Vide the PN 1, the FDI cap of 51% in single brand product retail trading has now been revised to up to 100% by the DIPP with an additional condition, other than the ones mentioned above, that where the FDI exceeds 51%, “mandatory sourcing of at least 30% of the value of products sold would have to be done from Indian 'small industries/ village and cottage industries, artisans and craftsmen'.”

Compliance with this condition has been ensured through self-certification by the company, which would then be checked by the statutory auditors of the company from the duly certified accounts of the company.

For the purpose of the aforementioned additional condition, the term ‘Small Industries’ has been defined by the PN 1 as the ones “which have a total investment in plant & machinery not exceeding USD 1 million. This valuation refers to the value at the time of installation, without providing for depreciation. Further, if at any point in time, this valuation is exceeded, the industry shall not qualify as a 'small industry' for this purpose.” Further, it has been provided that ‘Village Industry’2 shall have the meaning as defined under the Khadi and Village Industries Commission Act, 1956.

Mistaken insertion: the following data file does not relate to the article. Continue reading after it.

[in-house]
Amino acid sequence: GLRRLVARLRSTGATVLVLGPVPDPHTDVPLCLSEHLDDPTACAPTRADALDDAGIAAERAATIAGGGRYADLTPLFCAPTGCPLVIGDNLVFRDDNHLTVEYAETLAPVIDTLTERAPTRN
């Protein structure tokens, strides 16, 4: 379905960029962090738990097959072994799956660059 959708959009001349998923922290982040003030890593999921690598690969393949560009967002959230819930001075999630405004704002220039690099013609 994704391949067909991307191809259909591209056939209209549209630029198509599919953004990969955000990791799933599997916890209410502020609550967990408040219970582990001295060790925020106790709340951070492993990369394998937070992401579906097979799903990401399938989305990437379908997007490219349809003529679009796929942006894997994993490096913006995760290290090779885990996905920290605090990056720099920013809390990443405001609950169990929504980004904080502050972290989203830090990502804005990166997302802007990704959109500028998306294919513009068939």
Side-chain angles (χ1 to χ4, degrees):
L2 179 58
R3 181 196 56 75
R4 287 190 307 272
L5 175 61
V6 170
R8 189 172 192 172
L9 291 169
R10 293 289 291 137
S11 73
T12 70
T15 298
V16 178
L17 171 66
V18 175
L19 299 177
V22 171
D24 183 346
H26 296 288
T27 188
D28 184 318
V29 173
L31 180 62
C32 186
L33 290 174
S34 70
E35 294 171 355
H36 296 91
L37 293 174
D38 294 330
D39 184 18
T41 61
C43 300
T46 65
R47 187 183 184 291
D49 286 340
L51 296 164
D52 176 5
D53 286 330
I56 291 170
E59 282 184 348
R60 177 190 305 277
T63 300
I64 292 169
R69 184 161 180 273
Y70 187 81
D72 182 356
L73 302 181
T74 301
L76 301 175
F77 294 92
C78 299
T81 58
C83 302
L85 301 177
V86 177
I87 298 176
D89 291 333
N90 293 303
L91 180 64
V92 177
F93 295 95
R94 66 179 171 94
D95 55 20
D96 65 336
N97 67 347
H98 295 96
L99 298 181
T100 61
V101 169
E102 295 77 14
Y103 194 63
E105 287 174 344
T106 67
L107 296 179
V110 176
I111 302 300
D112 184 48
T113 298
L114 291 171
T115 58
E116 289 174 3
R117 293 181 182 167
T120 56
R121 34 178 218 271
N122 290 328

Thus, now, foreign investors may bring in FDI up to 100%, as opposed to the earlier 51% limit, provided they locally source from small and village industries, 30% of the value of the products sold by them.

Analysis of the amendments made by PN 1

Ambiguity in the expression ‘value of the products sold’: The DIPP has made it mandatory that, where FDI in single brand product retail trading is beyond 51%, ‘30% of the value of the products sold’ would have to be sourced within India. However, it is unclear, as to whether 30% refers to the cost price or the selling price of the products, both having its own set of lacunas.